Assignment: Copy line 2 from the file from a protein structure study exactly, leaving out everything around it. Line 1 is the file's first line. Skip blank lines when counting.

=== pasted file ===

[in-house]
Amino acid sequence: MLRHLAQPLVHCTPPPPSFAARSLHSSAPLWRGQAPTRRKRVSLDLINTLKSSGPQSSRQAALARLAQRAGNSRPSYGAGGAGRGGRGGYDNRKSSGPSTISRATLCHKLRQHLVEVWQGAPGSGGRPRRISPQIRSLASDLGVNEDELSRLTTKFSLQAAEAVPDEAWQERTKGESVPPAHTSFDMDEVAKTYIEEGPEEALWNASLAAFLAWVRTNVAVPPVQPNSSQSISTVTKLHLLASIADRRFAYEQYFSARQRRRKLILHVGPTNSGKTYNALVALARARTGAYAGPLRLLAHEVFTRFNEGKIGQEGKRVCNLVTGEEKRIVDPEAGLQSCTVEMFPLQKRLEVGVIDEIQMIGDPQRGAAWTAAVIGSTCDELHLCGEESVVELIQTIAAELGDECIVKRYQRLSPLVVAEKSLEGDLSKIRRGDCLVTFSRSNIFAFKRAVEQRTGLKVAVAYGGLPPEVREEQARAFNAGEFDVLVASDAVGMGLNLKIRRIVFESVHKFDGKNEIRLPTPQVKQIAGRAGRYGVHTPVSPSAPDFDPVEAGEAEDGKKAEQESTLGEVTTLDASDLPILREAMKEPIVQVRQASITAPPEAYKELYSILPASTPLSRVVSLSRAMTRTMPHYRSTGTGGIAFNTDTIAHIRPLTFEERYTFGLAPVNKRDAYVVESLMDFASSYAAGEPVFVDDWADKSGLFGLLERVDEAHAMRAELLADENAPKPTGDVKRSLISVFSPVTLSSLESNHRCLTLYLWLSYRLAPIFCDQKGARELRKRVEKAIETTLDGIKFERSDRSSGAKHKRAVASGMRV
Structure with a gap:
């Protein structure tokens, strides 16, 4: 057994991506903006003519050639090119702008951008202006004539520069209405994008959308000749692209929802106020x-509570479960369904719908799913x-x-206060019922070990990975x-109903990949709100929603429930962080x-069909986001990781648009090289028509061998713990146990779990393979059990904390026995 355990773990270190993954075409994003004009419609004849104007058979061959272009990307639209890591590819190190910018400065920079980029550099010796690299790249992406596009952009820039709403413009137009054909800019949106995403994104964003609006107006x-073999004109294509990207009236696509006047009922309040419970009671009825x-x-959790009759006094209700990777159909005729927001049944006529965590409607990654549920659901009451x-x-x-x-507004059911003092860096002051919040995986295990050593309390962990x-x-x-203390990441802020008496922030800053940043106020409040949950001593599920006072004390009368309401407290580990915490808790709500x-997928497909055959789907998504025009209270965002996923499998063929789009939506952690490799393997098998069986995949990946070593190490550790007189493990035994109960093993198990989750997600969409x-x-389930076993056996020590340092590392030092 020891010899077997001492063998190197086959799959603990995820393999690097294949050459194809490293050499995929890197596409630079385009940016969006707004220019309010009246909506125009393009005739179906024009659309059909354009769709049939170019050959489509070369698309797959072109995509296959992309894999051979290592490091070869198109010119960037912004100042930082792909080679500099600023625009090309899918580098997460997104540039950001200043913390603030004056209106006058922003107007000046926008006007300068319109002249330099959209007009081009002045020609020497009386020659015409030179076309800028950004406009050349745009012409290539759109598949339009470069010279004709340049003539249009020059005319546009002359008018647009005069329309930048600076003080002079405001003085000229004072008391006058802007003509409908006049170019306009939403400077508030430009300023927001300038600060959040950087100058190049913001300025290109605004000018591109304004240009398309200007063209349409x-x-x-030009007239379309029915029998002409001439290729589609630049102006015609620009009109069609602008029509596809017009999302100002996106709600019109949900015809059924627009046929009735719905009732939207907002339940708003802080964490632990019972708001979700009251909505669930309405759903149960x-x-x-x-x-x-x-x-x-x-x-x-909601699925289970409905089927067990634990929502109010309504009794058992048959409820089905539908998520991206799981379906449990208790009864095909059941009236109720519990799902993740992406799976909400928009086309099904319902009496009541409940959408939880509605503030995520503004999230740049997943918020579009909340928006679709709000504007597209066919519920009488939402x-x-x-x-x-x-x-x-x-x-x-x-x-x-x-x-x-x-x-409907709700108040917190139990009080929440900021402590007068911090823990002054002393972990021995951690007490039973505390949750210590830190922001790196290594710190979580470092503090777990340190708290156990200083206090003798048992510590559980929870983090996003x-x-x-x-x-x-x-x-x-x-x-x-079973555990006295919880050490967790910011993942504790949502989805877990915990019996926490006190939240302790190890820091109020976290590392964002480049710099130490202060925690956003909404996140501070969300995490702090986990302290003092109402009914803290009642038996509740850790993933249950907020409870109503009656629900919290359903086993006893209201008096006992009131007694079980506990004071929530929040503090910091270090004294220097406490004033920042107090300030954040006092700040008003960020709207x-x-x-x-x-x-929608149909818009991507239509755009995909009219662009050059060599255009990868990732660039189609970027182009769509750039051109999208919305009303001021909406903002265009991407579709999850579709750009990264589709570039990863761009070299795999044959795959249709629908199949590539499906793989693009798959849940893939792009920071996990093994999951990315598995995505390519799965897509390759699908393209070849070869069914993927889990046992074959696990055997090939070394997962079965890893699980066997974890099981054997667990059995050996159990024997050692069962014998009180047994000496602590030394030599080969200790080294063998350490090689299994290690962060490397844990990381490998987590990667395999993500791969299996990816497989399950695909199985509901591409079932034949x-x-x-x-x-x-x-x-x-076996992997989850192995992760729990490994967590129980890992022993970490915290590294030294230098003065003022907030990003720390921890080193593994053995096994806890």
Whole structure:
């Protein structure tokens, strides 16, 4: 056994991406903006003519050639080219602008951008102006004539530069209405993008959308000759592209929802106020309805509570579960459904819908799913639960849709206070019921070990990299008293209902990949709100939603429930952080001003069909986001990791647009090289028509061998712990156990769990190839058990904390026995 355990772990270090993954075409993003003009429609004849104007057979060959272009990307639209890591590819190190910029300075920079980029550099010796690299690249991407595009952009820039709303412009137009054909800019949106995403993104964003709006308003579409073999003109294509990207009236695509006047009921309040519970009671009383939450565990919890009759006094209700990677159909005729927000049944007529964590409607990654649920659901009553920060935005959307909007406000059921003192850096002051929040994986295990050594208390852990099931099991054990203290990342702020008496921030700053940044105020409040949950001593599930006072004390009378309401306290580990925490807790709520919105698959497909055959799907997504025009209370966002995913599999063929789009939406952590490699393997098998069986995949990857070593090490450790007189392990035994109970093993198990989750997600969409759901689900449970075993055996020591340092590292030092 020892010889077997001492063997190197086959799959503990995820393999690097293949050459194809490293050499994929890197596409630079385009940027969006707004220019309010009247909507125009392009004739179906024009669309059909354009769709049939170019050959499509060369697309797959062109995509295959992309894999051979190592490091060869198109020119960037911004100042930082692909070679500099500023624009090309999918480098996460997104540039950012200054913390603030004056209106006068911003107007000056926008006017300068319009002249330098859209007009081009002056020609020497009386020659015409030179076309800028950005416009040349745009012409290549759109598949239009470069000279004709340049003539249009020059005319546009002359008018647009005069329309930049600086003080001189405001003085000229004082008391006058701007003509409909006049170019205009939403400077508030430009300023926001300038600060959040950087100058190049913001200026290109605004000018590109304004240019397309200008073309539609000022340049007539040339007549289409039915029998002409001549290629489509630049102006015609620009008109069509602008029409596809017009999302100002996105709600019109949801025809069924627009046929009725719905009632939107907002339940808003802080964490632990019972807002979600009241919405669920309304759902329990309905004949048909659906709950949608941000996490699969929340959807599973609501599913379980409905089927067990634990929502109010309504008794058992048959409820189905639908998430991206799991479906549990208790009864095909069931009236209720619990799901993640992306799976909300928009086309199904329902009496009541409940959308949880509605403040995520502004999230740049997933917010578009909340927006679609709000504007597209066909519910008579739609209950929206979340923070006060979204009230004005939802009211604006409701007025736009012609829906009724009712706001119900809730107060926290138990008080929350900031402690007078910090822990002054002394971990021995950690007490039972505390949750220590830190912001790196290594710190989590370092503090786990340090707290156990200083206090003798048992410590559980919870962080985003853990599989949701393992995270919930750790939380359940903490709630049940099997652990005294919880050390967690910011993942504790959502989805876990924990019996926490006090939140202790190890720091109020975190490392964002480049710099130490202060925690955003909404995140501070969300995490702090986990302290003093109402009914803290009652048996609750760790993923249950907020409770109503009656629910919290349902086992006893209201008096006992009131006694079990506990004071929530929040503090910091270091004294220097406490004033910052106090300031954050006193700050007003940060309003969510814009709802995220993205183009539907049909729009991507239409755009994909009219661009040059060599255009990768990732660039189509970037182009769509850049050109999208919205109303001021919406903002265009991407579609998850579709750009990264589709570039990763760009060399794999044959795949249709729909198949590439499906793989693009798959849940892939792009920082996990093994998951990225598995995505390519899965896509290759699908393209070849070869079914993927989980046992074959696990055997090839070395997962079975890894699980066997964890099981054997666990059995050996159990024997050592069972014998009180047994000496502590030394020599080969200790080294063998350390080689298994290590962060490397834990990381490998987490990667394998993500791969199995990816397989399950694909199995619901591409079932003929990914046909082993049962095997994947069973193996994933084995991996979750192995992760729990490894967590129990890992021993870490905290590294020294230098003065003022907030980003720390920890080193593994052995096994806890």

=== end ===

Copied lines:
Amino acid sequence: MLRHLAQPLVHCTPPPPSFAARSLHSSAPLWRGQAPTRRKRVSLDLINTLKSSGPQSSRQAALARLAQRAGNSRPSYGAGGAGRGGRGGYDNRKSSGPSTISRATLCHKLRQHLVEVWQGAPGSGGRPRRISPQIRSLASDLGVNEDELSRLTTKFSLQAAEAVPDEAWQERTKGESVPPAHTSFDMDEVAKTYIEEGPEEALWNASLAAFLAWVRTNVAVPPVQPNSSQSISTVTKLHLLASIADRRFAYEQYFSARQRRRKLILHVGPTNSGKTYNALVALARARTGAYAGPLRLLAHEVFTRFNEGKIGQEGKRVCNLVTGEEKRIVDPEAGLQSCTVEMFPLQKRLEVGVIDEIQMIGDPQRGAAWTAAVIGSTCDELHLCGEESVVELIQTIAAELGDECIVKRYQRLSPLVVAEKSLEGDLSKIRRGDCLVTFSRSNIFAFKRAVEQRTGLKVAVAYGGLPPEVREEQARAFNAGEFDVLVASDAVGMGLNLKIRRIVFESVHKFDGKNEIRLPTPQVKQIAGRAGRYGVHTPVSPSAPDFDPVEAGEAEDGKKAEQESTLGEVTTLDASDLPILREAMKEPIVQVRQASITAPPEAYKELYSILPASTPLSRVVSLSRAMTRTMPHYRSTGTGGIAFNTDTIAHIRPLTFEERYTFGLAPVNKRDAYVVESLMDFASSYAAGEPVFVDDWADKSGLFGLLERVDEAHAMRAELLADENAPKPTGDVKRSLISVFSPVTLSSLESNHRCLTLYLWLSYRLAPIFCDQKGARELRKRVEKAIETTLDGIKFERSDRSSGAKHKRAVASGMRV